[One half page missing]
made them tight they hurt me, and if slack they slipt down, she knit and presented me with a Pair, of a Sort I never saw before, but find I can wear them very well, for their roughness makes them keep up without being drawn tight. Saying just now that I wish’d I had another Pair to send to you, that you might show them to Mrs. Smith and to Mrs. Holwell, my Madam fetch’d a new Pair her Daughter had knit for her, but coarser than mine, and desires you would do her the favour of accepting them. I shall send them per Budden, with some things I have bought for you; for I have receiv’d your £100 and am going about with Mrs. Stephenson to pick up something agreable to send you, intending to lay it all out.3 I shall not go to Holland, as I intend to see great Part of England as soon as the Weather will permit Travelling. I wrote to you by a Man of War lately sailing for New York, and sent you my Picture in Miniature.4 My Love to Dr. and Mrs. Redman, Mr. Hughes, Mr. and Mrs. Duffield,5 and to all enquiring [Friends.6 Mr. Hunter is returni]ng in April. Polley7 is well, gives her Respects, and has [sent some things to Sally. My Respects to] Miss Polley Morris,8 and tell her I thank her for her Favour in the [last Packet. I have seen some of my] old Acquaintance here but not many; the Nun must be dead,9 but [her garret remains as it was. Time will only] allow me to add that I am as ever my dear Child Your loving Husband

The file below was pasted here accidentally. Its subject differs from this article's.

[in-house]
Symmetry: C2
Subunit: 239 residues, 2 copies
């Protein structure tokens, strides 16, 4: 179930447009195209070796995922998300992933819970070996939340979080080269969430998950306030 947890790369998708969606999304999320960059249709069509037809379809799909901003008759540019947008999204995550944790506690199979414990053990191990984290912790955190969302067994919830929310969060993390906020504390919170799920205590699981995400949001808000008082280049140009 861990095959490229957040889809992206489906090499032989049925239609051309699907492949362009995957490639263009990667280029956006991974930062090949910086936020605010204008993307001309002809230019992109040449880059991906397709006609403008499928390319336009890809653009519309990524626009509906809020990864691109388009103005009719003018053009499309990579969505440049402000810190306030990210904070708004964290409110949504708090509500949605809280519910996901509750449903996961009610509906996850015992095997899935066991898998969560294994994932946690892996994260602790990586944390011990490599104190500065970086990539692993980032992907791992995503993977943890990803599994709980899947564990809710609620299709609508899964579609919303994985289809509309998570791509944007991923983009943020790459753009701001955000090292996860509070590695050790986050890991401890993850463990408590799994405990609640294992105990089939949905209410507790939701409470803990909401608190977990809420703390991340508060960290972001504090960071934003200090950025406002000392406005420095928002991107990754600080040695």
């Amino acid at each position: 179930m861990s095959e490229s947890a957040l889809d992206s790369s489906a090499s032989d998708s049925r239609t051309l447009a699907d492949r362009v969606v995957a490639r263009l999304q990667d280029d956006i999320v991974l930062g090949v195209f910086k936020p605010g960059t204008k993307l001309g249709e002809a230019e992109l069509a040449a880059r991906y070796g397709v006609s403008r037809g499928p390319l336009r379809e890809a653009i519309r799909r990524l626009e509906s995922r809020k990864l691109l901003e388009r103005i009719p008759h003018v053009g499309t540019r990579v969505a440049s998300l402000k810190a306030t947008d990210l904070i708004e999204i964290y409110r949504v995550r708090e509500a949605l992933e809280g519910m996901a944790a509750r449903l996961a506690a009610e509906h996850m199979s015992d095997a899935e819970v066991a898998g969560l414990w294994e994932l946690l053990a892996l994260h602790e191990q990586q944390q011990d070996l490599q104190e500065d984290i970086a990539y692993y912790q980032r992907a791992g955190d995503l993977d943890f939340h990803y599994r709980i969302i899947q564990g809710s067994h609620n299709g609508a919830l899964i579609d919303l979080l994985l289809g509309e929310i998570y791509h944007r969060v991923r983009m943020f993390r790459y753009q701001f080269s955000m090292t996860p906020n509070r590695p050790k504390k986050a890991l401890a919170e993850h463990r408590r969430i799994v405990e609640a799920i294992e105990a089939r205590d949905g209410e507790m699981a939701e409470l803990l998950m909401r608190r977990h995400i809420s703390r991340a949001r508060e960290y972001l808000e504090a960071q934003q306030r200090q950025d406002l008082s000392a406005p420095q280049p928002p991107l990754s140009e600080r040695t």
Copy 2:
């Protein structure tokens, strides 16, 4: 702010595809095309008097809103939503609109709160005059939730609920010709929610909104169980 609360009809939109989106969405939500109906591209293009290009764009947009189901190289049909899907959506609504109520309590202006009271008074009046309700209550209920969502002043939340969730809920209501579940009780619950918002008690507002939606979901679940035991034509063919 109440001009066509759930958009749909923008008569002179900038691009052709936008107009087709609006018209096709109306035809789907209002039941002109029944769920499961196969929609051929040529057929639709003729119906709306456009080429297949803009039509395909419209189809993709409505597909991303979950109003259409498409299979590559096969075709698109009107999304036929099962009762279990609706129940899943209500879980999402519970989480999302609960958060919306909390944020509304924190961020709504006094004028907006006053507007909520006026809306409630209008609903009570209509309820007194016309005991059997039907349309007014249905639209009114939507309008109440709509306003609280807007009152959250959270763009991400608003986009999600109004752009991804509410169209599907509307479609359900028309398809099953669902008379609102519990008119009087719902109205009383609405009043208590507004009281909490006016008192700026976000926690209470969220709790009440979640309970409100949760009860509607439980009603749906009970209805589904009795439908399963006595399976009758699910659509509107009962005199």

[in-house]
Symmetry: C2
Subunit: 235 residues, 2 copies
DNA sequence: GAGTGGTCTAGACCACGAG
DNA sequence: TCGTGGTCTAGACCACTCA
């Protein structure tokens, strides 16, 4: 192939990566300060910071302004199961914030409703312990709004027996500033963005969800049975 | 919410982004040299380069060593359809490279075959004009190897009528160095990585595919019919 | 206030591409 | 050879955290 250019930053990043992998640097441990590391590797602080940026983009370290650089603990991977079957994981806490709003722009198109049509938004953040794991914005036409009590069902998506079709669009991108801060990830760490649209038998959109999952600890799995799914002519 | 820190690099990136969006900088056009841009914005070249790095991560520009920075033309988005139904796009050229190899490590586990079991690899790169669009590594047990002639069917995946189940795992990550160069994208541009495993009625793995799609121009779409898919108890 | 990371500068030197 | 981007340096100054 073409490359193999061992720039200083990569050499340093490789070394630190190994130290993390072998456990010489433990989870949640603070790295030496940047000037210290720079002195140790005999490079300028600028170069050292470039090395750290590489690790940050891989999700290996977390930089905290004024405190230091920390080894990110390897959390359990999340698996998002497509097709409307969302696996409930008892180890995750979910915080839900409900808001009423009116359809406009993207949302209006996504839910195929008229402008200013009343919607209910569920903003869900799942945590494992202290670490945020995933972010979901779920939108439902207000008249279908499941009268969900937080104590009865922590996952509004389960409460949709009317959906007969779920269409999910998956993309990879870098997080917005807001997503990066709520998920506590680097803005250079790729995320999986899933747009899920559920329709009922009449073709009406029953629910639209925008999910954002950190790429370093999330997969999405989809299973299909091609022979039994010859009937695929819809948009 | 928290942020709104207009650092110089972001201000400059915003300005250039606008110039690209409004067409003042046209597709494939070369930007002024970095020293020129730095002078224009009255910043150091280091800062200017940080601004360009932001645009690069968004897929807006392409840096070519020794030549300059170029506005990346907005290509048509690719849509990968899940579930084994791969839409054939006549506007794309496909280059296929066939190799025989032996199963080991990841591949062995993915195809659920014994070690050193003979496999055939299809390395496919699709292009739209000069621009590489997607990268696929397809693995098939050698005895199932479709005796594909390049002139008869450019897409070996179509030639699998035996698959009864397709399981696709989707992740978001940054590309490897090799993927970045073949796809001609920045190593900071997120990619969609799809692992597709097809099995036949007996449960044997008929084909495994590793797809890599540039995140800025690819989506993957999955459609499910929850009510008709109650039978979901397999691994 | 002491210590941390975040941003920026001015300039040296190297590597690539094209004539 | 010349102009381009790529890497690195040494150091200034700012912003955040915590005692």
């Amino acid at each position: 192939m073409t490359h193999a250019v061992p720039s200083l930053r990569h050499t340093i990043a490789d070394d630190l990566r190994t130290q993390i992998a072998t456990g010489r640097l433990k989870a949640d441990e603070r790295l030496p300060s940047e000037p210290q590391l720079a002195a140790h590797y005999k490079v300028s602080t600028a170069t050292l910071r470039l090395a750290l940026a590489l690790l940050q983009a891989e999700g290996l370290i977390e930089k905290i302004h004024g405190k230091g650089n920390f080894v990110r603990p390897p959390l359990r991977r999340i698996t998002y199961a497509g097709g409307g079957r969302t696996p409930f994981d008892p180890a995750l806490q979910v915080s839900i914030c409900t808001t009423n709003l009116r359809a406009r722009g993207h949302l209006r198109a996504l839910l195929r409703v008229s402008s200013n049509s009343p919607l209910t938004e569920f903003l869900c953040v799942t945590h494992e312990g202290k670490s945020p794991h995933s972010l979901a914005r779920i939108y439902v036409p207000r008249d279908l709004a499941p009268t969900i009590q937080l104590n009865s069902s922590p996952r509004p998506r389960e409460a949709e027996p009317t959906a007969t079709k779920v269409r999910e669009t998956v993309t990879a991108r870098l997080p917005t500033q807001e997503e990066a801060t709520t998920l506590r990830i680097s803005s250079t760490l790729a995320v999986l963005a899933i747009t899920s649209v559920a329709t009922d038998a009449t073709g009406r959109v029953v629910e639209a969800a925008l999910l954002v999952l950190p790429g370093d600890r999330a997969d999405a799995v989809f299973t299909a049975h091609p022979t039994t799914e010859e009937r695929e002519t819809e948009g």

9. This letter appears to have been written on all four pages of a folio sheet, only the bottom halves of which have been found. Missing portions have been indicated.
1. Though the dateline is missing, the contents require the placing of this letter between BF’s letters to DF of Jan. 21 and Feb. 19, 1758.
2. From John Bartram; see above, p. 271.
3. For BF’s letter of July 27 to DF, see above, p. 245, and for the loss of Captain Lyon’s ship carrying her letter to him, see above, p. 238 n.
4. See above, p. 287.
5. The lucky refugee from “Cannibals” (Indians?) was probably DF’s brother John Read; see above, VI, 221 n. His wife’s name was Martha (Patty). See above, V, 199 n, for William Dunlap.
6. Joseph Croker; see above, p. 218 n.
7. Not identified, but relatives of DF’s mother of that name were woodworkers in Philadelphia; e.g., an Anthony Wilkinson carved figure-heads for ships in 1729 and 1742. PMHB, LVI (1932), 162; LVIII (1934), 140, 144–5. Presumably young Croker, a promising craftsman, was apprentice or journeyman to an artisan relative.